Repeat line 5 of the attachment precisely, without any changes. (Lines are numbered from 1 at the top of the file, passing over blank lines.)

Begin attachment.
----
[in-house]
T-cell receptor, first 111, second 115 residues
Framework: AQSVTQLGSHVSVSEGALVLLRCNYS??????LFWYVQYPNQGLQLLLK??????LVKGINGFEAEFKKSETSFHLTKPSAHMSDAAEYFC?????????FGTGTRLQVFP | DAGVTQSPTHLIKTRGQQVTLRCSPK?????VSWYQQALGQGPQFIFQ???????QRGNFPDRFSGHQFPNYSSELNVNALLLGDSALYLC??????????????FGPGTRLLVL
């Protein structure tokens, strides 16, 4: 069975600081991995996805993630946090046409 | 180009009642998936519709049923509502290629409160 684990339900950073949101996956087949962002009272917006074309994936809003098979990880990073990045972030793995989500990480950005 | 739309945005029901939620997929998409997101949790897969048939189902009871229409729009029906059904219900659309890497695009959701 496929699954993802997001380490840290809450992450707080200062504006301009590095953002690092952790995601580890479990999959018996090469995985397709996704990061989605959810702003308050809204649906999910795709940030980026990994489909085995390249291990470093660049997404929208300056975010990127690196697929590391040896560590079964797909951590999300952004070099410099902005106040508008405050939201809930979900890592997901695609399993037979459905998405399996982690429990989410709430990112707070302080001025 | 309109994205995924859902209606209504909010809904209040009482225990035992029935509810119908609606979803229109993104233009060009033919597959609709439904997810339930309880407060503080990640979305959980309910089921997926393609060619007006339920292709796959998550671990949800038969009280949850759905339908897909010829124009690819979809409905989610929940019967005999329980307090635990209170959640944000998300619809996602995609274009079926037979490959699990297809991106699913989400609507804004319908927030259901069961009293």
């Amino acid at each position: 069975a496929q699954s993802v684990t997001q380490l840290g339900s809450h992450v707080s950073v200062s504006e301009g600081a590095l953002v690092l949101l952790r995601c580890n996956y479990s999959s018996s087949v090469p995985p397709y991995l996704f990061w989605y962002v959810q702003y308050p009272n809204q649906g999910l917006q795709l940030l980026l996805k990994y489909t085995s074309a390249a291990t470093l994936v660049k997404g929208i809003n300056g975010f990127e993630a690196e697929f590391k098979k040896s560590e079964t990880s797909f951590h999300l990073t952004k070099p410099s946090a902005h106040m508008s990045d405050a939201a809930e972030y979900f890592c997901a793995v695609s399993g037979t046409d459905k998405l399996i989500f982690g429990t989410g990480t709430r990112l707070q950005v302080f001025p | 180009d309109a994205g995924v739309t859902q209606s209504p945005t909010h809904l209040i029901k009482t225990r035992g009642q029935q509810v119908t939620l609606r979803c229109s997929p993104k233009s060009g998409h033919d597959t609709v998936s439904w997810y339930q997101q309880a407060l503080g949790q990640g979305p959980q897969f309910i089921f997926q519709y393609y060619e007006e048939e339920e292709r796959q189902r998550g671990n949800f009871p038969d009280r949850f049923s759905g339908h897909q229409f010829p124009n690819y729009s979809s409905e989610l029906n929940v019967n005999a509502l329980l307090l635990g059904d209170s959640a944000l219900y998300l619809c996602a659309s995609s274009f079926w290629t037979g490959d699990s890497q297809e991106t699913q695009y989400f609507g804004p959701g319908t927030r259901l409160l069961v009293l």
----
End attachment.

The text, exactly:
């Amino acid at each position: 069975a496929q699954s993802v684990t997001q380490l840290g339900s809450h992450v707080s950073v200062s504006e301009g600081a590095l953002v690092l949101l952790r995601c580890n996956y479990s999959s018996s087949v090469p995985p397709y991995l996704f990061w989605y962002v959810q702003y308050p009272n809204q649906g999910l917006q795709l940030l980026l996805k990994y489909t085995s074309a390249a291990t470093l994936v660049k997404g929208i809003n300056g975010f990127e993630a690196e697929f590391k098979k040896s560590e079964t990880s797909f951590h999300l990073t952004k070099p410099s946090a902005h106040m508008s990045d405050a939201a809930e972030y979900f890592c997901a793995v695609s399993g037979t046409d459905k998405l399996i989500f982690g429990t989410g990480t709430r990112l707070q950005v302080f001025p | 180009d309109a994205g995924v739309t859902q209606s209504p945005t909010h809904l209040i029901k009482t225990r035992g009642q029935q509810v119908t939620l609606r979803c229109s997929p993104k233009s060009g998409h033919d597959t609709v998936s439904w997810y339930q997101q309880a407060l503080g949790q990640g979305p959980q897969f309910i089921f997926q519709y393609y060619e007006e048939e339920e292709r796959q189902r998550g671990n949800f009871p038969d009280r949850f049923s759905g339908h897909q229409f010829p124009n690819y729009s979809s409905e989610l029906n929940v019967n005999a509502l329980l307090l635990g059904d209170s959640a944000l219900y998300l619809c996602a659309s995609s274009f079926w290629t037979g490959d699990s890497q297809e991106t699913q695009y989400f609507g804004p959701g319908t927030r259901l409160l069961v009293l």